The term "Hinduism" was coined by Greek and Persian travelers to the Indus Valley in the 16th century. Though many Hindus have adopted the name for themselves, they also use the terms "Veda," or "Vedic religion," which refer to the ancient texts at the core of the tradition, or Sanatana Dharma (Eternal Law).
Hinduism originated in the Indus Valley in modern Pakistan. The Vedic texts were not written by any single person, but "heard" by rishis, or seers, and passed down orally until they were recorded in writing. The oldest of the texts is the Rigveda (Wisdom of the Verses), a collection of 1028 hymns thought to have been recorded around 1500-1200 BCE. Other important Vedic texts include the Yajurveda (Wisdom of Sacrificial Formulas), Samaveda (Wisdom of Chants), and Ataravaveda (Wisdom of Atharvan Priests) were also recorded. The Upanisads, secret teachings concerning cosmic equations, were recorded from 1000-600 BCE. From the 2nd century BCE to the 4th century CE two great Hindu epics were recorded: the Ramayana and the Mahabarata. The Mahabarata contains the Bhagavad Gita ("Song of the Lord") that describes three paths to salvation: the path of duties (karma-marga), the path of knowledge (jnana-marga), and the path of devotion (bhakti-marga). Though the Upanisads emphasized renunciation and asceticism, these later dharma texts emphasize that these three paths can be used simultaneously for the maintenance of the world order (dharma) and release from the the world (moksha). Thus the goal for many Hindus is an equilibrium between social and ritual duties and maintenance of the stability of the cosmos.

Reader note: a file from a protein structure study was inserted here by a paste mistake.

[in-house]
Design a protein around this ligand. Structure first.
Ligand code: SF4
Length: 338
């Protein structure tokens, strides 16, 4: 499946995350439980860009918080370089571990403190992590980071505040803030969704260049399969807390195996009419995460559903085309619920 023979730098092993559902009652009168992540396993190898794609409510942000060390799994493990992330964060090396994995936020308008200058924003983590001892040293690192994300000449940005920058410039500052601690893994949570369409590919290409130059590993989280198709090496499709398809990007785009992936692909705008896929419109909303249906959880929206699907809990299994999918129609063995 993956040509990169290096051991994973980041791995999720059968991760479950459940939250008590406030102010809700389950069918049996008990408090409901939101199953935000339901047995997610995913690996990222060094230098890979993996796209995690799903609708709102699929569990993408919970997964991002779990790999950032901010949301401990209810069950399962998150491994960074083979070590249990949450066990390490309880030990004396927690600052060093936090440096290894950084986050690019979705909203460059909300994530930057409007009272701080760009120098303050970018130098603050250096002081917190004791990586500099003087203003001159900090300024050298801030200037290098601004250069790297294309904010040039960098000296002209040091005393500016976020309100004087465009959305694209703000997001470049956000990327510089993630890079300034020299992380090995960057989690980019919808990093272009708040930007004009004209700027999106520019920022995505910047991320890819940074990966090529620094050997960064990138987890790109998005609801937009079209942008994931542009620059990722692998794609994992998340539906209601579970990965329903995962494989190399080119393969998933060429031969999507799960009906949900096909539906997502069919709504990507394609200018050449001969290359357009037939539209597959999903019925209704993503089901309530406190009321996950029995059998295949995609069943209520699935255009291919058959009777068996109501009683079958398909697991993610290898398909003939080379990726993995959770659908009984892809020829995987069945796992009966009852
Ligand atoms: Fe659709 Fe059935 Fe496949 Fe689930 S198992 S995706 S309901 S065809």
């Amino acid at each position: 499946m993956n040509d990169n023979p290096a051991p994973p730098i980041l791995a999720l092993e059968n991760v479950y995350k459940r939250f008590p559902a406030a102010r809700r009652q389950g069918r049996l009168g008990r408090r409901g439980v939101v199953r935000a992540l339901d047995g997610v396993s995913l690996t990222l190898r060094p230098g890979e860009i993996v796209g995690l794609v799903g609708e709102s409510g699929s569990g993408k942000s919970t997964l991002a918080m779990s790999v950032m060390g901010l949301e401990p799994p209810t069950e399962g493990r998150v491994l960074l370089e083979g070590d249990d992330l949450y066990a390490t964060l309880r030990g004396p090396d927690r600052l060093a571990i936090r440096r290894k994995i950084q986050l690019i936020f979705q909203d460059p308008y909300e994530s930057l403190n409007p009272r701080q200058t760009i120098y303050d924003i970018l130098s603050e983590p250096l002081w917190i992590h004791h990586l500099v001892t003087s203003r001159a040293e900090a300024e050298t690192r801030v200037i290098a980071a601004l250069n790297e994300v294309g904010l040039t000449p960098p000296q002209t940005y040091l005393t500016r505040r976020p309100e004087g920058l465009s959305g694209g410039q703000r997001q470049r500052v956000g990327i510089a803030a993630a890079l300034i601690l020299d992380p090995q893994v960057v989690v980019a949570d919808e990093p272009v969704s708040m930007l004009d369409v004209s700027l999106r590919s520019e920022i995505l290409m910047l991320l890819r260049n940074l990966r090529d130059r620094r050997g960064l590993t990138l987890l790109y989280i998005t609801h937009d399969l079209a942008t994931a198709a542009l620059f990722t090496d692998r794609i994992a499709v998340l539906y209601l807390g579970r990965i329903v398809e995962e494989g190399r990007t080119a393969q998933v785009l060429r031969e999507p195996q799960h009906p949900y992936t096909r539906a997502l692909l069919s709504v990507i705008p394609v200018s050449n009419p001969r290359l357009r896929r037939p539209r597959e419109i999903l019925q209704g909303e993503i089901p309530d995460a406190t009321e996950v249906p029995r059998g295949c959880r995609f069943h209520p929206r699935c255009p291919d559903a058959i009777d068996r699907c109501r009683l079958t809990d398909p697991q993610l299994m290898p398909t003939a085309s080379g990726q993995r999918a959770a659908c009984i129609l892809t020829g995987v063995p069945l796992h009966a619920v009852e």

For a long time it was popularly believed that the Vedas originated from an Aryan people who invaded the the ancient Harappan civilization of India around 1500 B.C. However, there is no literary or archeological support for the theory, which has become associated with the racist ideology of colonialism.